It looks unlikely that he’ll have either Berrick Barnes or Dan Vickerman for Brisbane, but the weekend has probably firmed his thinking as far as his alternatives go.
So will the Wallabies fire up and give the Blacks a run for their money at Suncorp? You betya.
But will that be enough for them to grab a rare Tri-Nations title? Probably not, given the way the ABs seem to be humming along. But they’ll give themselves a chance, and as Deans well knows if you can do that you just never know what can happen in a high-stakes game of footy.
Another black night looms – DUNCAN JOHNSTONE
The wobbly Wallabies carry too much baggage into the Brisbane test to seriously worry an All Blacks side that is getting into their stride now that Richie McCaw is back at the helm.
It’s not just the humiliation in Johannesburg that Robbie Deans and his inconsistent side have to contend with but also the 39-10 Eden Park loss to the All Blacks last month. Ultimately that might be the defeat that matters most for the rematch
Of course the two heavy losses bookend one of the better Australian results in recent time with their win over the Boks in Durban.
Deans will be doing his best to drum up all the positives that went into that result and chuck the Auckland and Johannesburg nightmares into the dust-bin.
I have no doubt that the Wallabies were guilty of looking ahead rather than concentrating on the job at hand at Ellis Park.
Publicly Deans has shown little emotion over that loss. But privately he will be fuming at the manner in which the Wallabies rolled over for their worst ever test loss.
Their defence was pathetic, their attack limited to kick and hope, the scrum problems came back to haunt them and now it appears their hookers have the throw-in yips that used to be associated with All Blacks’ lineouts.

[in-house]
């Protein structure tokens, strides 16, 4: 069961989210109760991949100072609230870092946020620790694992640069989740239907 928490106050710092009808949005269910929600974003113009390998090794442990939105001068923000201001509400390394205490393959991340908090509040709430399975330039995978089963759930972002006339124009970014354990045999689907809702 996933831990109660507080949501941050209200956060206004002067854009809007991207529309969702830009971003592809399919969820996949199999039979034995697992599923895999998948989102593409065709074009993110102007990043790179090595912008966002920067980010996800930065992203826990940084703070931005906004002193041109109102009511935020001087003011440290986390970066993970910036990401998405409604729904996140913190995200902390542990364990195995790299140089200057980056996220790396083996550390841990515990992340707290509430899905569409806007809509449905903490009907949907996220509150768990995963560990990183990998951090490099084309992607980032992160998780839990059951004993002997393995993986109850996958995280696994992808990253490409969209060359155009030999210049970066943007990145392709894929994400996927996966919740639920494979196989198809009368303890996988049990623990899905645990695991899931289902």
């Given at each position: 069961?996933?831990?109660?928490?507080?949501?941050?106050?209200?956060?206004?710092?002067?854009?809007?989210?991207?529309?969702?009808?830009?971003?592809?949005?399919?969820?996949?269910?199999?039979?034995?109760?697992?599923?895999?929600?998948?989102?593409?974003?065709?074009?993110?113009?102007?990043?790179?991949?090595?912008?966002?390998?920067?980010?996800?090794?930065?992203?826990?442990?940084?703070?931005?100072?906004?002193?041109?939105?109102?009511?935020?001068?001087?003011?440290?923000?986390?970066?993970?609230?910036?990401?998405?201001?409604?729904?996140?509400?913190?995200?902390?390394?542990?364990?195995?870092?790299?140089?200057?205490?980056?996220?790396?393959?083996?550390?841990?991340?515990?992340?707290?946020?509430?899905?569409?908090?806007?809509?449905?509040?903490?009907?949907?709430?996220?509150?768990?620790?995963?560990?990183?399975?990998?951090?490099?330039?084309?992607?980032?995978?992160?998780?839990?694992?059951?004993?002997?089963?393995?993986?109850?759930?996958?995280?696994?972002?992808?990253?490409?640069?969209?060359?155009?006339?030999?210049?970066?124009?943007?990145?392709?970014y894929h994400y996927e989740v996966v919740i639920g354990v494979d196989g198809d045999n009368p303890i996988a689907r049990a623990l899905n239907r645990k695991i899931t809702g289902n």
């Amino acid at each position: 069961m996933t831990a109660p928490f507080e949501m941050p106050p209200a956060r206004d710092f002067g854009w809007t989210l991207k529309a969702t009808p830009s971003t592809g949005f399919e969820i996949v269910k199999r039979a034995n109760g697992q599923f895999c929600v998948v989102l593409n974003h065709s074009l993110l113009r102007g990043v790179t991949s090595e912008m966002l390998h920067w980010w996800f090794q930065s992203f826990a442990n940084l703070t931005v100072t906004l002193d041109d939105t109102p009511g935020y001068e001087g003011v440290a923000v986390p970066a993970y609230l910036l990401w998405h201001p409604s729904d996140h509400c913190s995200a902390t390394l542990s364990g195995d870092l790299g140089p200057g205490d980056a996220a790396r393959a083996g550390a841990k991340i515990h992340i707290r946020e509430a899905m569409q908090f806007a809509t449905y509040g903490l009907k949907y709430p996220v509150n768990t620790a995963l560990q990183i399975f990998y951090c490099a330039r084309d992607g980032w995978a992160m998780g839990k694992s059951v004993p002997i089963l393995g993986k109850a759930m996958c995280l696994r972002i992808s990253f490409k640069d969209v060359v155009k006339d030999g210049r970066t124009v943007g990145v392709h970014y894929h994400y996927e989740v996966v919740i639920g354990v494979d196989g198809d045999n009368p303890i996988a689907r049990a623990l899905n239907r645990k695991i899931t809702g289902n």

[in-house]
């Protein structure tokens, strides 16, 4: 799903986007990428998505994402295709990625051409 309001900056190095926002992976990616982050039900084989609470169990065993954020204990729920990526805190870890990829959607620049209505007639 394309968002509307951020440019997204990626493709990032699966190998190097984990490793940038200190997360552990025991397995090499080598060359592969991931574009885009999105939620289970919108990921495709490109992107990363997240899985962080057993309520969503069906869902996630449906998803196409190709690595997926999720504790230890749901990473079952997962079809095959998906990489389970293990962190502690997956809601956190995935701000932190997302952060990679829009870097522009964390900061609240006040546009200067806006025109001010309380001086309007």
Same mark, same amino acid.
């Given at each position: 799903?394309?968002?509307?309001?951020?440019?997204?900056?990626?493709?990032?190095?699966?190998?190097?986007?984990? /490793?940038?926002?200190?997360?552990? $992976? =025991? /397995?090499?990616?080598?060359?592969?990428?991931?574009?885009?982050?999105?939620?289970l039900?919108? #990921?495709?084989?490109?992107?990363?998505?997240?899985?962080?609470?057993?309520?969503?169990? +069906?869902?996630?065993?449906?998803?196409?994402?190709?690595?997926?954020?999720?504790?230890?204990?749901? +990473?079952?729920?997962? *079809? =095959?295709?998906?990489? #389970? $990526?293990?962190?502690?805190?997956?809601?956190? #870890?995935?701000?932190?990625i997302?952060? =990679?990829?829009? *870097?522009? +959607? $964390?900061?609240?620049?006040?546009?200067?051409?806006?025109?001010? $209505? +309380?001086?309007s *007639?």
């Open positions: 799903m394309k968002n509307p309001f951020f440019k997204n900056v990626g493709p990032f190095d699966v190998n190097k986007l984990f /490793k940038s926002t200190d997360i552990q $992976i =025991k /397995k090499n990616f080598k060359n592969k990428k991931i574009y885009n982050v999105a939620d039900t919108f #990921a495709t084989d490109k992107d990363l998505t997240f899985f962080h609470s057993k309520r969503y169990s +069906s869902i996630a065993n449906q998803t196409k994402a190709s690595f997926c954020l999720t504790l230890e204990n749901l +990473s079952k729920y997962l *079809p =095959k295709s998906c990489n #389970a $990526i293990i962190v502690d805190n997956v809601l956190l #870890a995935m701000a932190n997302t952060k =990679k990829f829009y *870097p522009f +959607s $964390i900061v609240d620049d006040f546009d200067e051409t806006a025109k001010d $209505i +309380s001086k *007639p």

Problems like these have a tendency to inflate themselves when they arise in the Boks’ backyard in Johannesburg.
But this was downright awful and leaves the Wallabies exposed to similar problems in Brisbane if the All Blacks can strike quickly.
There’s no doubt about the Wallabies being “up” for a match of this magnitude.
That goes without saying when they are playing at home and the Tri-Nations title is on the line, not to mention Australia needing a win to keep the Bledisloe Cup series alive.
I suspect the Wallabies might need a medical miracle to help them here. Deans’ trust in Timana Tahu as a test second five-eighths appears a little misguided at this early stage of the former league star’s rugby career. The Wallabies need the injured Berrick Barnes and his kicking game back in there.
But most of all they need to find a bit of spine to recover some lost ground.
Deans’ coaching credentials have been built around some amazing consistency with his previous teams.
It’s a trait he needs to implant into a Wallabies team that has had a steady stream of ups and downs in recent years rather than the one-offs blips that have blotted the All Blacks.
The rugby world waits to see the response from the Wallabies. Expect some improvement but don’t expect it to be enough.
The All Blacks might be short of a gallop having sat out the past couple of weeks and having nothing more than a warm-up against a woefully weak Samoan side.
But they have shown they have learnt a lesson already this year by heading to Brisbane early rather than show up late like they did in their Sydney shocker.
Now we’ll get to see what sort of lessons the Wallabies have learned from their Springboks shocker.Tweet